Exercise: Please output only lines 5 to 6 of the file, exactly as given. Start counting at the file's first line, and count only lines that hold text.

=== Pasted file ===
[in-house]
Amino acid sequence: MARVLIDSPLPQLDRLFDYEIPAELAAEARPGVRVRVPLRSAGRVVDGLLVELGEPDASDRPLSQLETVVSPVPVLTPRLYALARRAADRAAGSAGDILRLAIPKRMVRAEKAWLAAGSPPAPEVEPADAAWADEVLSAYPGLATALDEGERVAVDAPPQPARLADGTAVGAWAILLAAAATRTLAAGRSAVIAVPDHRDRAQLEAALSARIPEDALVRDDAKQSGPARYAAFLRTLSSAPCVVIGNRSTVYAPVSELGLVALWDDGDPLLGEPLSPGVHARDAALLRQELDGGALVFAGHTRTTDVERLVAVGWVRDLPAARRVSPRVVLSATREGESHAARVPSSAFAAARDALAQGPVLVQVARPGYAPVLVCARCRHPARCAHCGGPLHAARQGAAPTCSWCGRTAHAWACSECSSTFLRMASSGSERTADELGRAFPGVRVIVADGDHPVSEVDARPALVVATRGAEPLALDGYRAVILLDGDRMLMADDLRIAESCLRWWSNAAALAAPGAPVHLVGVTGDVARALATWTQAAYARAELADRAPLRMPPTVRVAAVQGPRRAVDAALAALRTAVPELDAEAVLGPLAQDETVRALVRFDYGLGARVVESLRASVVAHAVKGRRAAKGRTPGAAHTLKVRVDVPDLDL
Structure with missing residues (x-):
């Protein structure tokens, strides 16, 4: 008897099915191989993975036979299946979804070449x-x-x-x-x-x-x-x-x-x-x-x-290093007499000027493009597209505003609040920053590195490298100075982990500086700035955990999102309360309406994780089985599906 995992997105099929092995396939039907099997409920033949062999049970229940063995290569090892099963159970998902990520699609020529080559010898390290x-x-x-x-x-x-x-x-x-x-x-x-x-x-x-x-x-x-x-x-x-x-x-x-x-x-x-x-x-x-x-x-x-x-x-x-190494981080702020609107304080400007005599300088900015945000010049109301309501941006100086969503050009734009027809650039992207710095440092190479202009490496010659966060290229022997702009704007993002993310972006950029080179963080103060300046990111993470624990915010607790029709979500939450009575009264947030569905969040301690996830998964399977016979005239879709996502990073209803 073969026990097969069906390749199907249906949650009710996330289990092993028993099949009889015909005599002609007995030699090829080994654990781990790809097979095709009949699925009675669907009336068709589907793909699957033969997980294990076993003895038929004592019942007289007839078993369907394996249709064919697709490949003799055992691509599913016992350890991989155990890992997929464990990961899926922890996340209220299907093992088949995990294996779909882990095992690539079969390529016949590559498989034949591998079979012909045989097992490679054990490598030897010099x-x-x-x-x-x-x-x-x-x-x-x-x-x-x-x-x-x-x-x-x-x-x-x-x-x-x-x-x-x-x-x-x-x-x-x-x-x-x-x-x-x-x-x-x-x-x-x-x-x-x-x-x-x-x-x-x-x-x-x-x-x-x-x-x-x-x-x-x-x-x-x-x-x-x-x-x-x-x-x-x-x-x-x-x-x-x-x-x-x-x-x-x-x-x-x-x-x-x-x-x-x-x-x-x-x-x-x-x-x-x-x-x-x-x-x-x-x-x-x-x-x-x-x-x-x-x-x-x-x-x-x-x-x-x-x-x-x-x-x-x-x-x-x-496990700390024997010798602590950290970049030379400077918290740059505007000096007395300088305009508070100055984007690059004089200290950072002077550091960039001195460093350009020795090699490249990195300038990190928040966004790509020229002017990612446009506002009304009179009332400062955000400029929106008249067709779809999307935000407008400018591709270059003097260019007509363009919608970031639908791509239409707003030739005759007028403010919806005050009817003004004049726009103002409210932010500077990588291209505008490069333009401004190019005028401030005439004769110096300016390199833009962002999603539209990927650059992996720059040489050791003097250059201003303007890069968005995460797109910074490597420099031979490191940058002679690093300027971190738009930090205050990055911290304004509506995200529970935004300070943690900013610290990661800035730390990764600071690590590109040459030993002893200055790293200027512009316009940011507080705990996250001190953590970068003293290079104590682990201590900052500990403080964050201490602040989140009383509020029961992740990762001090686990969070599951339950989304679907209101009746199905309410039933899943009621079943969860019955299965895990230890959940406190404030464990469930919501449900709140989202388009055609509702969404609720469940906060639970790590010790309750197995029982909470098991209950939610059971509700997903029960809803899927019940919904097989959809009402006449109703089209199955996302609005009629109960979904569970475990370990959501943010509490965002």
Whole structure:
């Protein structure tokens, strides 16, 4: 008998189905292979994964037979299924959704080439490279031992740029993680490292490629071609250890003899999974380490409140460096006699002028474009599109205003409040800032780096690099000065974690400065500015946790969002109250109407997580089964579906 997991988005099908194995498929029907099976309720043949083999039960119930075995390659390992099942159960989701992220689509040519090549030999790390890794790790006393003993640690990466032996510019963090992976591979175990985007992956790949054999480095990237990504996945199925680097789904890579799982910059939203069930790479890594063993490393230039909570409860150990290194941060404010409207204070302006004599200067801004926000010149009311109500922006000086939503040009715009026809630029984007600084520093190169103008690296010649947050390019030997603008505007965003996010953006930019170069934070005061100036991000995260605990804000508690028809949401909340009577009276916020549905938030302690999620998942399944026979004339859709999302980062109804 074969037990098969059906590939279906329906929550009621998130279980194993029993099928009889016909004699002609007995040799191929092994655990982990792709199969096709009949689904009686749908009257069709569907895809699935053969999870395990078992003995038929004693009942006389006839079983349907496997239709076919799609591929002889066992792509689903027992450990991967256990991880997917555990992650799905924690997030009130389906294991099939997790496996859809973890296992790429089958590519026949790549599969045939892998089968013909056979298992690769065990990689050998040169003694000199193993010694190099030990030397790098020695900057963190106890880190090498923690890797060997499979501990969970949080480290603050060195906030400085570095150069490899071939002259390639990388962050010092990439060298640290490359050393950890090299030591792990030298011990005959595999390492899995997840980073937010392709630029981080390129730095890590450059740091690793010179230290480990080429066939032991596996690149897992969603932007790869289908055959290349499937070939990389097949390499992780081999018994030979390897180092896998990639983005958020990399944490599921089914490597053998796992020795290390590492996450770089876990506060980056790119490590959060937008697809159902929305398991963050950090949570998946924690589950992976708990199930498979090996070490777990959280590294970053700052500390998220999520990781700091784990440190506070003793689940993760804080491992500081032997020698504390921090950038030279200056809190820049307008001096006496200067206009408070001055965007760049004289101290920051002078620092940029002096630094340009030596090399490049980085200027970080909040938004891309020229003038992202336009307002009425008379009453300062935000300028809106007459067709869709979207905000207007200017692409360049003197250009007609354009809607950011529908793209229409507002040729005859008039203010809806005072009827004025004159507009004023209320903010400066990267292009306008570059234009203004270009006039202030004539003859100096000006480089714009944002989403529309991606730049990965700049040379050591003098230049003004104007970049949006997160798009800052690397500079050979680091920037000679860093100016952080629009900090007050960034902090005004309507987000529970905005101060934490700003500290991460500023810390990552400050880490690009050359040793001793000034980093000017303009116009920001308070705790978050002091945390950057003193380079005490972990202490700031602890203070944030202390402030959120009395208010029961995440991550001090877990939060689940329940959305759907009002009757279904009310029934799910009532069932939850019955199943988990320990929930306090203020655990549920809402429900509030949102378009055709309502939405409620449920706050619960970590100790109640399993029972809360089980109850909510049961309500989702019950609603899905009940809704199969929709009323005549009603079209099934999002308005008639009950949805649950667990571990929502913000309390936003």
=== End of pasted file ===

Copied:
Whole structure:
């Protein structure tokens, strides 16, 4: 008998189905292979994964037979299924959704080439490279031992740029993680490292490629071609250890003899999974380490409140460096006699002028474009599109205003409040800032780096690099000065974690400065500015946790969002109250109407997580089964579906 997991988005099908194995498929029907099976309720043949083999039960119930075995390659390992099942159960989701992220689509040519090549030999790390890794790790006393003993640690990466032996510019963090992976591979175990985007992956790949054999480095990237990504996945199925680097789904890579799982910059939203069930790479890594063993490393230039909570409860150990290194941060404010409207204070302006004599200067801004926000010149009311109500922006000086939503040009715009026809630029984007600084520093190169103008690296010649947050390019030997603008505007965003996010953006930019170069934070005061100036991000995260605990804000508690028809949401909340009577009276916020549905938030302690999620998942399944026979004339859709999302980062109804 074969037990098969059906590939279906329906929550009621998130279980194993029993099928009889016909004699002609007995040799191929092994655990982990792709199969096709009949689904009686749908009257069709569907895809699935053969999870395990078992003995038929004693009942006389006839079983349907496997239709076919799609591929002889066992792509689903027992450990991967256990991880997917555990992650799905924690997030009130389906294991099939997790496996859809973890296992790429089958590519026949790549599969045939892998089968013909056979298992690769065990990689050998040169003694000199193993010694190099030990030397790098020695900057963190106890880190090498923690890797060997499979501990969970949080480290603050060195906030400085570095150069490899071939002259390639990388962050010092990439060298640290490359050393950890090299030591792990030298011990005959595999390492899995997840980073937010392709630029981080390129730095890590450059740091690793010179230290480990080429066939032991596996690149897992969603932007790869289908055959290349499937070939990389097949390499992780081999018994030979390897180092896998990639983005958020990399944490599921089914490597053998796992020795290390590492996450770089876990506060980056790119490590959060937008697809159902929305398991963050950090949570998946924690589950992976708990199930498979090996070490777990959280590294970053700052500390998220999520990781700091784990440190506070003793689940993760804080491992500081032997020698504390921090950038030279200056809190820049307008001096006496200067206009408070001055965007760049004289101290920051002078620092940029002096630094340009030596090399490049980085200027970080909040938004891309020229003038992202336009307002009425008379009453300062935000300028809106007459067709869709979207905000207007200017692409360049003197250009007609354009809607950011529908793209229409507002040729005859008039203010809806005072009827004025004159507009004023209320903010400066990267292009306008570059234009203004270009006039202030004539003859100096000006480089714009944002989403529309991606730049990965700049040379050591003098230049003004104007970049949006997160798009800052690397500079050979680091920037000679860093100016952080629009900090007050960034902090005004309507987000529970905005101060934490700003500290991460500023810390990552400050880490690009050359040793001793000034980093000017303009116009920001308070705790978050002091945390950057003193380079005490972990202490700031602890203070944030202390402030959120009395208010029961995440991550001090877990939060689940329940959305759907009002009757279904009310029934799910009532069932939850019955199943988990320990929930306090203020655990549920809402429900509030949102378009055709309502939405409620449920706050619960970590100790109640399993029972809360089980109850909510049961309500989702019950609603899905009940809704199969929709009323005549009603079209099934999002308005008639009950949805649950667990571990929502913000309390936003």